Effects of electrospun fibers containing ascorbic acid on oxidative stress reduction for cardiac tissue engineering

Ella Louise Handley, Anthony Callanan*

*Corresponding author for this work

Research output: Contribution to journalArticlepeer-review

Abstract / Description of output

Tissue engineering provides promise for regeneration of cardiac tissue following myocardial infarction. However, the harsh microenvironment of the infarct hampers the efficacy of regenerative therapies. Ischemia-reperfusion injury dramatically increases the levels of reactive oxygen species (ROS) within the infarcted area, causing a cascade of further cellular injury. Implantable tissue engineered grafts can target this oxidative stress by delivering pharmaceutical compounds directly into the diseased tissue. Herein, we successfully fabricated electrospun polycaprolactone (PCL) fibers containing varying concentrations of ascorbic acid, a potent antioxidant well known for its ROS-scavenging capabilities. The antioxidant scaffolds displayed significantly improved scavenging of DPPH radicals, superoxide anions and hydroxyl radicals, in a dose dependent manner. Mechanical properties testing indicated that incorporation of ascorbic acid enhanced the strength and Young's modulus of the material, correlating with a moderate but non-significant increase in the crystallinity. Moreover, the scaffolds supported adhesion and maintained survival of human umbilical vein endothelial cells in vitro, indicating good cytocompatibility. These results provide motivation for the use of ascorbic acid-containing fibrous scaffolds to regulate the highly oxidative microenvironment following myocardial infarction.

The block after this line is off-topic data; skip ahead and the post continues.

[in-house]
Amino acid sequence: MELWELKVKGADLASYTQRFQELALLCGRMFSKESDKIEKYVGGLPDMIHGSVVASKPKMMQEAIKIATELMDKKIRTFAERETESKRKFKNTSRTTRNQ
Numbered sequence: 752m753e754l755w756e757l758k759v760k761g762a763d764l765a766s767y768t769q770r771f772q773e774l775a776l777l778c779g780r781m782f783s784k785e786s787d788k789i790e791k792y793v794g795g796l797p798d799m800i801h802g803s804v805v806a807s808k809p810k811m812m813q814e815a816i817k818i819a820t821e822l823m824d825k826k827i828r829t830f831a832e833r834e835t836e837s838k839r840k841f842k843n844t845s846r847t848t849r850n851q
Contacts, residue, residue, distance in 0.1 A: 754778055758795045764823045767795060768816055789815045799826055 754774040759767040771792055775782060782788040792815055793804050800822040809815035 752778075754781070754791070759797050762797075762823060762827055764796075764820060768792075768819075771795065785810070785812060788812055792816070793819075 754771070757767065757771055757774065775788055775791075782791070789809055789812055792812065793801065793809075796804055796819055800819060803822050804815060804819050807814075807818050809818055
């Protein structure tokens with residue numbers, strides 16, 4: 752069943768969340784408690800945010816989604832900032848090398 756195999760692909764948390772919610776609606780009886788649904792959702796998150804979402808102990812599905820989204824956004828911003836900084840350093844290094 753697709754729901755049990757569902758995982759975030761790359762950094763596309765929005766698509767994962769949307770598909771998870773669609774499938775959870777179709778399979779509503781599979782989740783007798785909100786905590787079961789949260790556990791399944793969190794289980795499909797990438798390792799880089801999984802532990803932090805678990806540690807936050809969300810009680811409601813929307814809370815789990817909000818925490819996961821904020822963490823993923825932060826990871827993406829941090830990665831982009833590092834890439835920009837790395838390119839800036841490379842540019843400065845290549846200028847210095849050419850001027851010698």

Original languageEnglish
Article numbere54242
JournalJournal of Applied Polymer Science
Issue number32
Early online date26 May 2023
Publication statusPublished - 20 Aug 2023

Keywords / Materials (for Non-textual outputs)

  • antioxidant scaffold
  • ascorbic acid
  • cardiac tissue engineering
  • electrospinning
  • myocardial infarction


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